John Cena is The Marine. Though, as matters develop, The Maroon might be a better handle. At any rate, after being discharged for having Disobeyed a Direct Order in Iraq (where, in a scene distinctly reminiscent of the opening of The Naked Gun, our boy shoots up one of those elusive Al-Qaeda training camps that nobody else seems to be able to find). Readjustment to civilian life is difficult, but then, while heading out for a little holiday with his wife (Kelly Carlson), an unfortunate stop at a gas station results in Carlson being abducted by a violent gang of jewel thieves headed up by Robert Patrick (who comes across, as was pointed out to me, like the love child of Martin Sheen and Chandler Bing). Cue the pursuit through the swamps.
So as we’re watching this, my girlfriend turns to me and says that there’s a problem with a movie when the hero could be removed from the picture to little discernible effect. And she’s right. In fact, Cena disappears completely once the action gets going (!!?!), leaving the field for Patrick to camp it up. What role he does play could have, for the most part, easily been filled by one of the alligators we are shown (but who are never seen again). Perhaps Gustave could have been imported from Primeval to take care of business. And while I love a good explosion as much as the next guy, the ones on display here are so over the top (my favourite is the coop car raised into the air on a pillow of fire) that they are hilarious. And trust me, we’re laughing AT the movie and the steroid freaks in it, not with it (or them).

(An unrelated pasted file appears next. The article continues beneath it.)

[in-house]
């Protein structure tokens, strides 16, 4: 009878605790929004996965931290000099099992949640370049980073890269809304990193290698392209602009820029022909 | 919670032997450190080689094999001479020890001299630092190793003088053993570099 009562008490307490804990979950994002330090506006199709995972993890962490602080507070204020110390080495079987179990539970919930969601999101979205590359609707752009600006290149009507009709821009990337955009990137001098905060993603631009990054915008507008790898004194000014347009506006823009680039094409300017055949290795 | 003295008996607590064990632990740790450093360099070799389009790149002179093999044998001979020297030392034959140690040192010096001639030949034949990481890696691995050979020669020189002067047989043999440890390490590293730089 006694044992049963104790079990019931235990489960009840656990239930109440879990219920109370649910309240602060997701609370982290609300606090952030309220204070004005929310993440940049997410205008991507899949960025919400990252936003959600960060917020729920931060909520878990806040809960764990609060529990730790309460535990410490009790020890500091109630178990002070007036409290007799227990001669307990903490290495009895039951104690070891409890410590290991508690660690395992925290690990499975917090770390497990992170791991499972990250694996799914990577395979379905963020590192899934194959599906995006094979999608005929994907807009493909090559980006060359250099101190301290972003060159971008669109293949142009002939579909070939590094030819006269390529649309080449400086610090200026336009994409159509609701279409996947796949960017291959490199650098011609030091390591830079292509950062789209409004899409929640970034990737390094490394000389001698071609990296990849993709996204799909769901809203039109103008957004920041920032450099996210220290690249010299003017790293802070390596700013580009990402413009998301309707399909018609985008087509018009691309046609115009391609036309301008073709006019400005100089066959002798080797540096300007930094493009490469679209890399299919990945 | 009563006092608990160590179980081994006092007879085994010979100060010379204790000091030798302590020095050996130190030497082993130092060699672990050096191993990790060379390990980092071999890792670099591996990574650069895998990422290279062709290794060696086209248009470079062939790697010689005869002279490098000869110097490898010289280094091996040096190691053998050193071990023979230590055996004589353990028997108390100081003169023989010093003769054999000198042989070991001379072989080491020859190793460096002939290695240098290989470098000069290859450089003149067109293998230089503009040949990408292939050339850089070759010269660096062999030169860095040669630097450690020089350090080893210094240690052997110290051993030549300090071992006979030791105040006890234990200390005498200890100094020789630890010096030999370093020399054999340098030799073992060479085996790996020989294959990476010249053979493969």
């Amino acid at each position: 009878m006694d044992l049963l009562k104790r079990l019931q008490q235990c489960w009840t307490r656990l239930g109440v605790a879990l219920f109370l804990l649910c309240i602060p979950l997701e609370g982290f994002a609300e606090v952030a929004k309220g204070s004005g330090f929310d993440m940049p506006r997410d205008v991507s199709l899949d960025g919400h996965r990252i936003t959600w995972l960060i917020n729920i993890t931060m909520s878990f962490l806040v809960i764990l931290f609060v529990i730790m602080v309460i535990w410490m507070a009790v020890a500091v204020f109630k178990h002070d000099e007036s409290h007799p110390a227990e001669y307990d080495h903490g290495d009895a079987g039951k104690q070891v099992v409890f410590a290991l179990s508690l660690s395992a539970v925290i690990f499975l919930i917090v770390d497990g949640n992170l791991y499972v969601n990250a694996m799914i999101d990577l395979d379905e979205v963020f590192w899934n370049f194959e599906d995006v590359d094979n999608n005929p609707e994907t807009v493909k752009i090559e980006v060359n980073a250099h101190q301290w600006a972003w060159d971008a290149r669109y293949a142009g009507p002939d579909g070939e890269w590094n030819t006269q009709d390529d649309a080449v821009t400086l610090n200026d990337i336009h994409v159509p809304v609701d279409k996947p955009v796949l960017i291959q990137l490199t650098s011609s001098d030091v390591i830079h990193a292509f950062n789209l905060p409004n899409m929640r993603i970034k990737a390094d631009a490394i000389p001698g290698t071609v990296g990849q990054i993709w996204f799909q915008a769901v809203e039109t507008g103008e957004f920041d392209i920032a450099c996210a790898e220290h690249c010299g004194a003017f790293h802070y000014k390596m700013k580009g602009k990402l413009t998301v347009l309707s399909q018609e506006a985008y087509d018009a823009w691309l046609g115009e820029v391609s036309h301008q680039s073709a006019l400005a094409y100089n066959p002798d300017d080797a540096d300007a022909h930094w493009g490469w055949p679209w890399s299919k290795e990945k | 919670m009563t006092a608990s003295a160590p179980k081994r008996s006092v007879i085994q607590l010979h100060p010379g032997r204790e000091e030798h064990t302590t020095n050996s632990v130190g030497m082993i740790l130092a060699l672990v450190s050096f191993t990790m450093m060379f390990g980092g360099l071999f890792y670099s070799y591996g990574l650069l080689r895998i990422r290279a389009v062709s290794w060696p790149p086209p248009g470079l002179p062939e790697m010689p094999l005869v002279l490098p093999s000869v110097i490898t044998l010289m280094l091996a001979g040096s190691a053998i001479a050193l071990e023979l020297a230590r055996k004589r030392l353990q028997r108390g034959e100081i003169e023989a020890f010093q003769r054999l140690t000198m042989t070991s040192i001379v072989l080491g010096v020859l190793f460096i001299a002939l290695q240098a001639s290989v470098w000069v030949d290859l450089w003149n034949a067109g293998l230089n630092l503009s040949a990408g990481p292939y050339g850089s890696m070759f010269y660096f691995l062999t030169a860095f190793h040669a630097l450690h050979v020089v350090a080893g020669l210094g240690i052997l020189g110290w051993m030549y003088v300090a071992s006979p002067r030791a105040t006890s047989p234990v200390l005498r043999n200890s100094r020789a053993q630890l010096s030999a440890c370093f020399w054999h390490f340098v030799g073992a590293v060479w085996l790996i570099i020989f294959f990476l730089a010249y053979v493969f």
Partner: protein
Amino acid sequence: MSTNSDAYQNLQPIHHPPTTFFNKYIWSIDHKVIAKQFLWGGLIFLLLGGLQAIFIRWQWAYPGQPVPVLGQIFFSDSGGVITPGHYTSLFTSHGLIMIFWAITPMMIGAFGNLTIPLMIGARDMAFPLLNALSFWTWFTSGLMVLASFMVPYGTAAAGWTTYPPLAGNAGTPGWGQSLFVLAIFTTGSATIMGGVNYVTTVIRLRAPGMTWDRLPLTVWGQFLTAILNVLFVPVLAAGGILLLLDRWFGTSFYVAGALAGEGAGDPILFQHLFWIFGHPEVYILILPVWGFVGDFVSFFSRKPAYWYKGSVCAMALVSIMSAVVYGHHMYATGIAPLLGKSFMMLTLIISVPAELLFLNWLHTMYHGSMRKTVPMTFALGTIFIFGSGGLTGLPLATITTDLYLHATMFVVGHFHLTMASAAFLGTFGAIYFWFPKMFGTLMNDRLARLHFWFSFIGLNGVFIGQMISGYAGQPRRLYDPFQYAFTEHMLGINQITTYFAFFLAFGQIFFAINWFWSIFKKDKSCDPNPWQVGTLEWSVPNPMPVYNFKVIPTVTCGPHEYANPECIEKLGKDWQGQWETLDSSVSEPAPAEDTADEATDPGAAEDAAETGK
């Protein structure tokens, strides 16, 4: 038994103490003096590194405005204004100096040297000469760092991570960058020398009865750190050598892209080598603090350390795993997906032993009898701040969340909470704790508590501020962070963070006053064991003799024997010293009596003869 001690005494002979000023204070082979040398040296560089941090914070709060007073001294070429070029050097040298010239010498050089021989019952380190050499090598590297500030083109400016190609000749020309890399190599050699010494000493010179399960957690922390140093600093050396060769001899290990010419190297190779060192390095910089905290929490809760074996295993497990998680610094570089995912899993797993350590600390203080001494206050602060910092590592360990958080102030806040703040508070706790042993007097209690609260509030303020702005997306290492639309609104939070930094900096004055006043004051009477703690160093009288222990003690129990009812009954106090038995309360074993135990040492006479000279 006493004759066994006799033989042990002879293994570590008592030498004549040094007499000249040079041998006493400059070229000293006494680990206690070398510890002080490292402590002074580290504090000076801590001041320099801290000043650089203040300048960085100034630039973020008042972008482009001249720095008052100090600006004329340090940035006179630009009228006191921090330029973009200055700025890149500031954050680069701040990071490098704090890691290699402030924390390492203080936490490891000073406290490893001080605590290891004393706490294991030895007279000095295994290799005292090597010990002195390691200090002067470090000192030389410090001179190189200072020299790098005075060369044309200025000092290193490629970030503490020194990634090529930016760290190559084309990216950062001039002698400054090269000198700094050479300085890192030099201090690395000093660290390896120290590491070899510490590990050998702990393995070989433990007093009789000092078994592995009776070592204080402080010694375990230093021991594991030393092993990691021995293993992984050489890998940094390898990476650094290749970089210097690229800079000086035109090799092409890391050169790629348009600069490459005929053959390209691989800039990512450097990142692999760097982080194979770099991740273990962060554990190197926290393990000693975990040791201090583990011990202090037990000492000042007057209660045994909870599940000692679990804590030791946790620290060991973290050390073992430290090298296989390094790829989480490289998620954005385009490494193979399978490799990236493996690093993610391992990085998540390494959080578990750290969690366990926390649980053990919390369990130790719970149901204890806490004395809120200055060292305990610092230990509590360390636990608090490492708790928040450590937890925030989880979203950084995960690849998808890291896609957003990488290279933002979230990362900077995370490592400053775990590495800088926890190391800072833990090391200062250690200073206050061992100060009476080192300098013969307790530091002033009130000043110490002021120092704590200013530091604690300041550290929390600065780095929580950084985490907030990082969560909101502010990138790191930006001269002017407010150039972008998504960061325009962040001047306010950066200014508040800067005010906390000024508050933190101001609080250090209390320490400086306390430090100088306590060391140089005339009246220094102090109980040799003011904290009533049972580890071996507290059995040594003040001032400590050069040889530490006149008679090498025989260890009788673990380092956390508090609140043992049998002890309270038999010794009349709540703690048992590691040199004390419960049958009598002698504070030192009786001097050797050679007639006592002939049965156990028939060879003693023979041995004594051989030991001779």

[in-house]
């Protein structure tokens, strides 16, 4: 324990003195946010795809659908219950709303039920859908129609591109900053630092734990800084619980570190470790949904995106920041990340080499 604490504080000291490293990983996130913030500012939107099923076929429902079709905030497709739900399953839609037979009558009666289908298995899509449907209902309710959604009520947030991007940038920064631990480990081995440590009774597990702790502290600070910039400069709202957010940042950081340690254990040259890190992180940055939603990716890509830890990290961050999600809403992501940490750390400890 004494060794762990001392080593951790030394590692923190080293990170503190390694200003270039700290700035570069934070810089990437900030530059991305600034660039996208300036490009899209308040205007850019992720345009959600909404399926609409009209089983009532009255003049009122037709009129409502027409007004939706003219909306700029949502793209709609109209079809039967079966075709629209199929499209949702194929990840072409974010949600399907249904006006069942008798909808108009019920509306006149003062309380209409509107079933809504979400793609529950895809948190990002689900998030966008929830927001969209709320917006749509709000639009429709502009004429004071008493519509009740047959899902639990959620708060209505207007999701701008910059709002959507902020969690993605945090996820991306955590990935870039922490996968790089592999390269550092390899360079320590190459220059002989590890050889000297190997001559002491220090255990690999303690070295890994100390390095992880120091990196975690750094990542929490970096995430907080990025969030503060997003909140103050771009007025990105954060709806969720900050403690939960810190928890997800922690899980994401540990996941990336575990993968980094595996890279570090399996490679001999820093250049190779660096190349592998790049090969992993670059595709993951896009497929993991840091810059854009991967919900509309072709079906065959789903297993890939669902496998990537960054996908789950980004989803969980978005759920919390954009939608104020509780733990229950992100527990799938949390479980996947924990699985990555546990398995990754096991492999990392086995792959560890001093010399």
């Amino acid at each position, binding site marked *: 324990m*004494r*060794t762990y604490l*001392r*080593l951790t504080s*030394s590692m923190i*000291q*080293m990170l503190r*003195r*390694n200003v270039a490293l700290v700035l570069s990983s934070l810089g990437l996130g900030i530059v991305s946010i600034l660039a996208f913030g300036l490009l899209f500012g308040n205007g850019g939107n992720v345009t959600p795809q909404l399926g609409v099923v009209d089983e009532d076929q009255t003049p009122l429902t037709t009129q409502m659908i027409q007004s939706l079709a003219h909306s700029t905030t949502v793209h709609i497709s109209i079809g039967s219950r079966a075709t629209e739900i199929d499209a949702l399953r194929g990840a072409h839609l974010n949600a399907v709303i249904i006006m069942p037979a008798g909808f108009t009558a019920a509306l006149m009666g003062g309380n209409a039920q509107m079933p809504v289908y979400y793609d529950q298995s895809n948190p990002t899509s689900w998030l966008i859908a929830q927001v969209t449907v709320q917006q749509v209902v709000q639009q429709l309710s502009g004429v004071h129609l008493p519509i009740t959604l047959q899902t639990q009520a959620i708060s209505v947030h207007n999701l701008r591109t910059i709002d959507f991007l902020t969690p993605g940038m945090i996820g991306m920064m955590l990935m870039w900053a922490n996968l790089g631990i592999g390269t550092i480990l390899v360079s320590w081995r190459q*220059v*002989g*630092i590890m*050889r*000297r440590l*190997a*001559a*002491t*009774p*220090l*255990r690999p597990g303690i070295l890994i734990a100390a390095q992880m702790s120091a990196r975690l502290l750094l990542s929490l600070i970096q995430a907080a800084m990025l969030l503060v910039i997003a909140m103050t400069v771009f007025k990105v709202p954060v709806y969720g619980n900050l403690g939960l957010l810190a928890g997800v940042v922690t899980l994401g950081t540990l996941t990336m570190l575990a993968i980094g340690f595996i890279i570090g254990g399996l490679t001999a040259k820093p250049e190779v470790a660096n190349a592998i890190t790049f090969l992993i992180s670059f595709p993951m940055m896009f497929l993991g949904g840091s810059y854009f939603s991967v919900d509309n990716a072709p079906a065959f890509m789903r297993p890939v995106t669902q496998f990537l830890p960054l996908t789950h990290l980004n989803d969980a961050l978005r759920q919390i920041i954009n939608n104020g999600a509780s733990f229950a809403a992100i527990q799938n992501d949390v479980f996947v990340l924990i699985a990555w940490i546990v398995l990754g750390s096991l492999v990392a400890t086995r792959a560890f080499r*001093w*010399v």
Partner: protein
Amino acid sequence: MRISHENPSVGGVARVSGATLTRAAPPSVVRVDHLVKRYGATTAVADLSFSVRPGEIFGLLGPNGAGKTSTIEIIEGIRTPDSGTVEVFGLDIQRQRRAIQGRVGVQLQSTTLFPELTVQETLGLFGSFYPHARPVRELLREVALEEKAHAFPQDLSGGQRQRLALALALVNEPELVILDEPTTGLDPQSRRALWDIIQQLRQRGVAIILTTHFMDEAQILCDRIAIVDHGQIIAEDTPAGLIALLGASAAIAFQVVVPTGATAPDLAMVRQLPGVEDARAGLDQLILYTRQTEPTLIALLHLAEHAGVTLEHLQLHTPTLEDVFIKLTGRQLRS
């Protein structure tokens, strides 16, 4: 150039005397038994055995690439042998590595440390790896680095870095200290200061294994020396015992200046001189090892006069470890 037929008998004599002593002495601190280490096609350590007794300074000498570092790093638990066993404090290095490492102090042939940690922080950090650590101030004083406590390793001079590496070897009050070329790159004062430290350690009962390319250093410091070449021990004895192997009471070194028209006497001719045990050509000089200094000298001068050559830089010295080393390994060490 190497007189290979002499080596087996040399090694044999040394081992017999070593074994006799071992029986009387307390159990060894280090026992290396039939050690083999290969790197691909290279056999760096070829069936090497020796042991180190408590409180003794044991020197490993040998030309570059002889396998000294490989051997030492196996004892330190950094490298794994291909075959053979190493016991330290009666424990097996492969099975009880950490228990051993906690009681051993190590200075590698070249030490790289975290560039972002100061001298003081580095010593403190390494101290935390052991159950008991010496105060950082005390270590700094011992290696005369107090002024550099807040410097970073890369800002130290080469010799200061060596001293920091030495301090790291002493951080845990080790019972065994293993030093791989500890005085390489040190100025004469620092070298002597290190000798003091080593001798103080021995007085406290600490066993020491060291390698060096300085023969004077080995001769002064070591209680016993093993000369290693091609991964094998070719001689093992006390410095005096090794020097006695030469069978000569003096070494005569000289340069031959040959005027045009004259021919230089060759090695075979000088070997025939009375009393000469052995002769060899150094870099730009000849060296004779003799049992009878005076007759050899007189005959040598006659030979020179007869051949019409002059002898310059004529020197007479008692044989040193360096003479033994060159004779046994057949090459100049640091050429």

KA-BOOM! If nothing else, the score does its best to match up with the ludicrous grandiosity of the pyrotechnic effects. The volume is ear-splitting once the action begins, and explosions and gunshots roar to deafening effect from all sides of the room. Even the 20th Century Fox logo is blessed with a particularly resonant bass line, and the rest of the score pounds along too.
Ridiculous movie, but it looks great. The colours are brilliant, as are the contrasts. The flesh tones are bang-on, and the blacks are very deep. There is no edge enhancement or grain to contend with, and the image is sharp enough to draw blood. All of this quality serves to highlight the inanity of the movie itself.
Interesting. The featurettes (a four-part set on Cena, a 10-part set done by the WWE to promote the film, the usual making-of piece and footage of the premiere at Camp Pendleton) are multi-tasking propaganda, simultaneously pumping up the film, the WWE and the Marine Corps. Useless piffle all round. There are trailers for this film, and two it wants to be: Commando and Man on Fire.
Just idiotic enough to be passably entertaining at that level. But not on any level it intends.